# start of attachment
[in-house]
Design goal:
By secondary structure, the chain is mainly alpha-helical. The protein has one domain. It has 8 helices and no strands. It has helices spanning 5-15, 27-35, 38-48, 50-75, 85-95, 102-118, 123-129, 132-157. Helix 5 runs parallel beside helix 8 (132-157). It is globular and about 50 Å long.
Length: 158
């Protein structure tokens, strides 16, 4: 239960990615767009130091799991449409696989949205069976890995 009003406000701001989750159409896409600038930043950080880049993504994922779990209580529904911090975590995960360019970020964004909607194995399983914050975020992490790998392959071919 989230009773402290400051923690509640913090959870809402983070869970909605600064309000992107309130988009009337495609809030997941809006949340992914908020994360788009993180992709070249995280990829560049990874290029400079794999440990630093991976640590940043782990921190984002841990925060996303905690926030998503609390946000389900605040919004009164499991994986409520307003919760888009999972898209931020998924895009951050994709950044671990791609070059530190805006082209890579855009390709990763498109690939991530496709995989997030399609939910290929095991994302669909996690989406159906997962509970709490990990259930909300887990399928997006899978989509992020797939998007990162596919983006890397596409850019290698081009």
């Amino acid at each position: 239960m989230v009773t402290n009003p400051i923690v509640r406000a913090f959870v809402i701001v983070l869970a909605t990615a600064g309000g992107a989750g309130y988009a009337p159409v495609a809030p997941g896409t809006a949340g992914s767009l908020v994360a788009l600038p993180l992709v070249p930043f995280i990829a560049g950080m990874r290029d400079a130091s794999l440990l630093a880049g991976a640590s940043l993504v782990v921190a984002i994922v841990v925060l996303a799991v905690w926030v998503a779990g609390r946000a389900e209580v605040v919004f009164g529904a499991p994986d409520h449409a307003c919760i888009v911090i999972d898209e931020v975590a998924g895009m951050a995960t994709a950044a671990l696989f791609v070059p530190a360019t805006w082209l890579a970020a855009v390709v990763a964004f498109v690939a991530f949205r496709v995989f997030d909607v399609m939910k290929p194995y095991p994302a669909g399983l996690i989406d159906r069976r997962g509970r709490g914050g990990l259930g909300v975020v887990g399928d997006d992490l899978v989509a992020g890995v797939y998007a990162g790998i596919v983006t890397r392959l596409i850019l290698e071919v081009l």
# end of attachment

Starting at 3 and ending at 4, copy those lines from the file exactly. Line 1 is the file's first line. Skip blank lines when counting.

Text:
By secondary structure, the chain is mainly alpha-helical. The protein has one domain. It has 8 helices and no strands. It has helices spanning 5-15, 27-35, 38-48, 50-75, 85-95, 102-118, 123-129, 132-157. Helix 5 runs parallel beside helix 8 (132-157). It is globular and about 50 Å long.
Length: 158